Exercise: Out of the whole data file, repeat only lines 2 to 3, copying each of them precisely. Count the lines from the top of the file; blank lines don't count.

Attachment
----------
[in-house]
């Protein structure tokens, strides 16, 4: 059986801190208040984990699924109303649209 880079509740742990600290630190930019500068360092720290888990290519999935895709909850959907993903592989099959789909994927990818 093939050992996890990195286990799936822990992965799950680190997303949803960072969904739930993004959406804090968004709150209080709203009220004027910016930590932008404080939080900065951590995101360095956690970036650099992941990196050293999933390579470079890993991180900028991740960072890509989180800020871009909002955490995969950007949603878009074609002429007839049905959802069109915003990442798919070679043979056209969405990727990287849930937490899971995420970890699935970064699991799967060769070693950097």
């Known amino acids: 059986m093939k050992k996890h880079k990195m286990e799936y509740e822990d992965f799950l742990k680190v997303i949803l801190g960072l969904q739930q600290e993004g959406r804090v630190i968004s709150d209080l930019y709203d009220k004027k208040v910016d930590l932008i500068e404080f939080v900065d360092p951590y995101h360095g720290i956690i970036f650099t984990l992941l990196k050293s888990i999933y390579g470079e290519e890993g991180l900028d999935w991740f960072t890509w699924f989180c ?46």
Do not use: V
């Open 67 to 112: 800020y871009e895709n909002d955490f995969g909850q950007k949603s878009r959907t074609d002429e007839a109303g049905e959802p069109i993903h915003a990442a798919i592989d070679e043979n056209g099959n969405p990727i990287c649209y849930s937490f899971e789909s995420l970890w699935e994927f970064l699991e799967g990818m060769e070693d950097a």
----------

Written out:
């Protein structure tokens, strides 16, 4: 059986801190208040984990699924109303649209 880079509740742990600290630190930019500068360092720290888990290519999935895709909850959907993903592989099959789909994927990818 093939050992996890990195286990799936822990992965799950680190997303949803960072969904739930993004959406804090968004709150209080709203009220004027910016930590932008404080939080900065951590995101360095956690970036650099992941990196050293999933390579470079890993991180900028991740960072890509989180800020871009909002955490995969950007949603878009074609002429007839049905959802069109915003990442798919070679043979056209969405990727990287849930937490899971995420970890699935970064699991799967060769070693950097």
């Known amino acids: 059986m093939k050992k996890h880079k990195m286990e799936y509740e822990d992965f799950l742990k680190v997303i949803l801190g960072l969904q739930q600290e993004g959406r804090v630190i968004s709150d209080l930019y709203d009220k004027k208040v910016d930590l932008i500068e404080f939080v900065d360092p951590y995101h360095g720290i956690i970036f650099t984990l992941l990196k050293s888990i999933y390579g470079e290519e890993g991180l900028d999935w991740f960072t890509w699924f989180c ?46």